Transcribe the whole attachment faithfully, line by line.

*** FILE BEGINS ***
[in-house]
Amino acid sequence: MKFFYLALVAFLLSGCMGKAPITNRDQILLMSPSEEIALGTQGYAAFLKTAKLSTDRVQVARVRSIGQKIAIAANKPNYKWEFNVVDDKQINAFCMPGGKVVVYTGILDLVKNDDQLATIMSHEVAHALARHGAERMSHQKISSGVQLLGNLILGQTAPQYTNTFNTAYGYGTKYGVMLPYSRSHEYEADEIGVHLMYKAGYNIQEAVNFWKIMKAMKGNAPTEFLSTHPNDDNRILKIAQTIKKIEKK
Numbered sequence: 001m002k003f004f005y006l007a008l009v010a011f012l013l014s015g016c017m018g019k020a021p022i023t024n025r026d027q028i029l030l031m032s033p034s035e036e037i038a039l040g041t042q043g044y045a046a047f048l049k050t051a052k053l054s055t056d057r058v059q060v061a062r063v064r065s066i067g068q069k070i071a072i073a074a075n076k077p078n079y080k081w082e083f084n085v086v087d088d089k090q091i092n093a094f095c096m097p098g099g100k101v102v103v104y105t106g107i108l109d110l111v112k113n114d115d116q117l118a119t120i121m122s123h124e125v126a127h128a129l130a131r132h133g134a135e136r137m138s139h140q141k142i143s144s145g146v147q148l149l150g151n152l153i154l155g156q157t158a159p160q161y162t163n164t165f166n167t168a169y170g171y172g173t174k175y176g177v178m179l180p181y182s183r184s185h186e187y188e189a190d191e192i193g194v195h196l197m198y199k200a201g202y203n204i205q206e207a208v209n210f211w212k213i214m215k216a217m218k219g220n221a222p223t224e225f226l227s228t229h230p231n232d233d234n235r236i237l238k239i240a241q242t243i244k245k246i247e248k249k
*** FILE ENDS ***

[in-house]
Amino acid sequence: MKFFYLALVAFLLSGCMGKAPITNRDQILLMSPSEEIALGTQGYAAFLKTAKLSTDRVQVARVRSIGQKIAIAANKPNYKWEFNVVDDKQINAFCMPGGKVVVYTGILDLVKNDDQLATIMSHEVAHALARHGAERMSHQKISSGVQLLGNLILGQTAPQYTNTFNTAYGYGTKYGVMLPYSRSHEYEADEIGVHLMYKAGYNIQEAVNFWKIMKAMKGNAPTEFLSTHPNDDNRILKIAQTIKKIEKK
Numbered sequence: 001m002k003f004f005y006l007a008l009v010a011f012l013l014s015g016c017m018g019k020a021p022i023t024n025r026d027q028i029l030l031m032s033p034s035e036e037i038a039l040g041t042q043g044y045a046a047f048l049k050t051a052k053l054s055t056d057r058v059q060v061a062r063v064r065s066i067g068q069k070i071a072i073a074a075n076k077p078n079y080k081w082e083f084n085v086v087d088d089k090q091i092n093a094f095c096m097p098g099g100k101v102v103v104y105t106g107i108l109d110l111v112k113n114d115d116q117l118a119t120i121m122s123h124e125v126a127h128a129l130a131r132h133g134a135e136r137m138s139h140q141k142i143s144s145g146v147q148l149l150g151n152l153i154l155g156q157t158a159p160q161y162t163n164t165f166n167t168a169y170g171y172g173t174k175y176g177v178m179l180p181y182s183r184s185h186e187y188e189a190d191e192i193g194v195h196l197m198y199k200a201g202y203n204i205q206e207a208v209n210f211w212k213i214m215k216a217m218k219g220n221a222p223t224e225f226l227s228t229h230p231n232d233d234n235r236i237l238k239i240a241q242t243i244k245k246i247e248k249k